UBS Financial Services, which followed Morgan Stanley to become the second wirehouse to exit the broker protocol late last year, has stepped up restrictions on brokers who might want to leave the firm, and experts are speculating if other broker-dealers might follow suit.
UBS is now requiring its nearly 7,000 brokers to sign an updated non-solicitation agreement, which is tied to the payment of bonus money earned in 2017, prohibiting them from contacting former clients for 12 months after leaving the wirehouse, according to published reports.
"It would be one thing if they decided to change the rules for 2018 bonuses, but changing the rules on something that has already been earned seems particularly egregious and just nasty," said Danny Sarch, an industry recruiter.
"This is adding more teeth to their exit from protocol," he added. "They've already locked the door, now they're creating the equivalent of a video surveillance system. Maybe next they'll put up an electric fence that shocks you if you try to leave."
In a conference call to brokers Thursday morning, UBS executives apologized for the timing of the non-solicitation agreement, which came to light just as brokers were expecting to start collecting last year's bonuses.
But even that response from UBS does not change the reality of the way the details were inserted into the latest non-solicitation agreement, according to Andrew Stoltmann, a securities attorney and president of the Public Investors Arbitration Bar Association.
"I think it's really sneaky," he said. "I haven't seen another wirehouse include something like that for brokers to sign," he said. "This is possibly the opening salvo in a war for clients. I'd be surprised if we didn't see a proliferation of these kinds of non-solicitation agreements now that this is out there."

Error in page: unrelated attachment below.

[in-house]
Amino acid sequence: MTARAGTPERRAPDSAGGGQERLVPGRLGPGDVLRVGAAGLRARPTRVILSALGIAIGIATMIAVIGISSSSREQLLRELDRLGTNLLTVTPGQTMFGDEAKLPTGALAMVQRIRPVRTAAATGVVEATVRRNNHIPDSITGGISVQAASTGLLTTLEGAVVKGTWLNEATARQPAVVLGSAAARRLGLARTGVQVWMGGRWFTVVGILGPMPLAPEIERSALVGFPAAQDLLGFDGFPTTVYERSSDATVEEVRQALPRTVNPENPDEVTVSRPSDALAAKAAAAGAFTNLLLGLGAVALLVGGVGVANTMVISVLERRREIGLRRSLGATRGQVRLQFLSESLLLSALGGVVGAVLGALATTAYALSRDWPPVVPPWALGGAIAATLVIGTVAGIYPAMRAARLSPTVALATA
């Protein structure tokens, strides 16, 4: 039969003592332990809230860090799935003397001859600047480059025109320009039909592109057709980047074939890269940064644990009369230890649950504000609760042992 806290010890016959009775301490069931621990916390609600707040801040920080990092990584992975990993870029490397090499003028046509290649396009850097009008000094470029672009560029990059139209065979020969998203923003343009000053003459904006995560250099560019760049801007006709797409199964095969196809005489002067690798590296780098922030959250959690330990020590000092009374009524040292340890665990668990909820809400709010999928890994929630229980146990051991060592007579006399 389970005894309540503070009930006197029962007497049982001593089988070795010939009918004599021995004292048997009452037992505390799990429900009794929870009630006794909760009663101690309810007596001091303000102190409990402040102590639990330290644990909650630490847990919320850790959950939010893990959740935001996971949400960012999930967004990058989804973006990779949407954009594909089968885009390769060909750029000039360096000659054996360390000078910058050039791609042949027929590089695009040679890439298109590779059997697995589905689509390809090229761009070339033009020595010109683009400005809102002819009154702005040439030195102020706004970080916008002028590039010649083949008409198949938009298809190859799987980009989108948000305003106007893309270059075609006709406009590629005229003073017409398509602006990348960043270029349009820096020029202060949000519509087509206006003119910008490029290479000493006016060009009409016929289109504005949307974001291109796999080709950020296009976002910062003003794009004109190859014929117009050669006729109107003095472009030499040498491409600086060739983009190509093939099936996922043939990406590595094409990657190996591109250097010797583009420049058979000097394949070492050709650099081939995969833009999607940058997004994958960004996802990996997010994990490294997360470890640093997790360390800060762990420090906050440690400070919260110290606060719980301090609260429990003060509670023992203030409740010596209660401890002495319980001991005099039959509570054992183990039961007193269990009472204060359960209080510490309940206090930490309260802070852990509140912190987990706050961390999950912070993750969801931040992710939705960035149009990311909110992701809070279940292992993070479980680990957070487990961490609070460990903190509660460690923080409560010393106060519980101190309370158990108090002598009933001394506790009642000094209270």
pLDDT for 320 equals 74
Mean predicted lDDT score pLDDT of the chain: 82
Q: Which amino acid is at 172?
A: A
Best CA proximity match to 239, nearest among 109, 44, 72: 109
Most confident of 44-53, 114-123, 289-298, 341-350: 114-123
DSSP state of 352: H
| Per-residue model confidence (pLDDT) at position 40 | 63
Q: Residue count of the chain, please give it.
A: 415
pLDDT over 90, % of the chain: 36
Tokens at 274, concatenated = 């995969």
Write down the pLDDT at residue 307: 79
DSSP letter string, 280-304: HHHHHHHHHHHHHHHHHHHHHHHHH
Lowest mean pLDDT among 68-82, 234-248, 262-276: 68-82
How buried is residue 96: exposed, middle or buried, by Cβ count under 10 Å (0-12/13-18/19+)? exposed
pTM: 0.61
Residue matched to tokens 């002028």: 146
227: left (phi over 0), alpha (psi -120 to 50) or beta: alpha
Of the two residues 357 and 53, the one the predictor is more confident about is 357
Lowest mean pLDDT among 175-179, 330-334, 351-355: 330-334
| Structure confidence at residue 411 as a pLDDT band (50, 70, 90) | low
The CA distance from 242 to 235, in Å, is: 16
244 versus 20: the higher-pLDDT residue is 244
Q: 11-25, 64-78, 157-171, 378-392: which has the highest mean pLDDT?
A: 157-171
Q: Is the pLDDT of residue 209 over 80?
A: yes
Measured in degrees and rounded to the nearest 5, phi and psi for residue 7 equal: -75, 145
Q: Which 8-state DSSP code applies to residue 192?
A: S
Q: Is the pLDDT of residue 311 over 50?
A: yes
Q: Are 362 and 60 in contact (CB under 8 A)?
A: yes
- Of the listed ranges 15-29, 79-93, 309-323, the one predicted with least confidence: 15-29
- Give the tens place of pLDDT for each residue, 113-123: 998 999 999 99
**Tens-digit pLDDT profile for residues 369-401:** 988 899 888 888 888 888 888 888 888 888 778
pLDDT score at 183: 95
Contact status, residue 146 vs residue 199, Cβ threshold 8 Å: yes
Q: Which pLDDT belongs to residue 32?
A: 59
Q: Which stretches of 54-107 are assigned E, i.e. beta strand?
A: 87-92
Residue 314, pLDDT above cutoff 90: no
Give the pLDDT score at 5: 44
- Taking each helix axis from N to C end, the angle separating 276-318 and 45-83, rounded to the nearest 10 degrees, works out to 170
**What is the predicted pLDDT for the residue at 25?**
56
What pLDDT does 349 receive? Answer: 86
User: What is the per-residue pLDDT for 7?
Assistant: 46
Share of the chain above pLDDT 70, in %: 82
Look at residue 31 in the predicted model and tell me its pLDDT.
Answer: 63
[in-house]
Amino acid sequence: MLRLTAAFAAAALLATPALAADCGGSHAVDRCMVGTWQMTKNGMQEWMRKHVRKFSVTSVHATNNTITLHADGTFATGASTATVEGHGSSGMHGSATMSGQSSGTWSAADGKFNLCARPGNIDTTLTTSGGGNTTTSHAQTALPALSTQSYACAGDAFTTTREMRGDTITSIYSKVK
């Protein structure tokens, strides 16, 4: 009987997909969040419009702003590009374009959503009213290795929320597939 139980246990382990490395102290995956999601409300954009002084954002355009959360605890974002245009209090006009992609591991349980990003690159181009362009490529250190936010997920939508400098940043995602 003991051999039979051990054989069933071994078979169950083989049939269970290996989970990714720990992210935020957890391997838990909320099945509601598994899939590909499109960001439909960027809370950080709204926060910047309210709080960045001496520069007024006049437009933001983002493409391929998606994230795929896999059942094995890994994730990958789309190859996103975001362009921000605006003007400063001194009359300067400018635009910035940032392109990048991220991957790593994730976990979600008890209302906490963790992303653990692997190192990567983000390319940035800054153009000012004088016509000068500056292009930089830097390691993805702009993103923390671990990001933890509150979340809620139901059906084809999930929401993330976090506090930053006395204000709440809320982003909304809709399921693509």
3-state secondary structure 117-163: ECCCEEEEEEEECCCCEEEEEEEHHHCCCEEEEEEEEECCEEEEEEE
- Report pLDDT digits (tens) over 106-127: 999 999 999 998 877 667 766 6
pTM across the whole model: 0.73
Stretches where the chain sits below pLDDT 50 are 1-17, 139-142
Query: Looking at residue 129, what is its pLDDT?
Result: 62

Advisor Hub first reported UBS' move to require non-solict agreements. A UBS spokesman declined to comment.
Morgan Stanley declined to comment on whether it would follow UBS' lead. Citigroup Global Markets, the other firm that left the broker protocol agreement, could not immediately be reached for comment.
"It's just very sad, because it is taking us back to the dark ages of advisory services," said Adam Gana, a securities lawyer and managing partner at the law firm of Gana LLP.
More troubling to Mr. Gana is the potential "domino effect."
"If UBS tries it and is successful, it wouldn't' surprise me to see other firms follow," he added.
Unless UBS introduces some flexibility to the non-solicitation agreement, Mr. Gana said brokers' only recourse is to "get together and unequivocally say they won't sign an agreement requiring them to agree to that kind of non-solicitation."
It is worth noting that the non-solicitation agreement would only effect brokers who are planning to leave the wirehouse with the intention of taking some of their clients with them to a new firm.
Mr. Sarch, who called the latest agreement "far from standard," said UBS brokers have a few choices at this point.
"They can sign it and recognize that they are locked in," he said. "Or they can refuse to sign it, forgo the bonus, and take it to arbitration."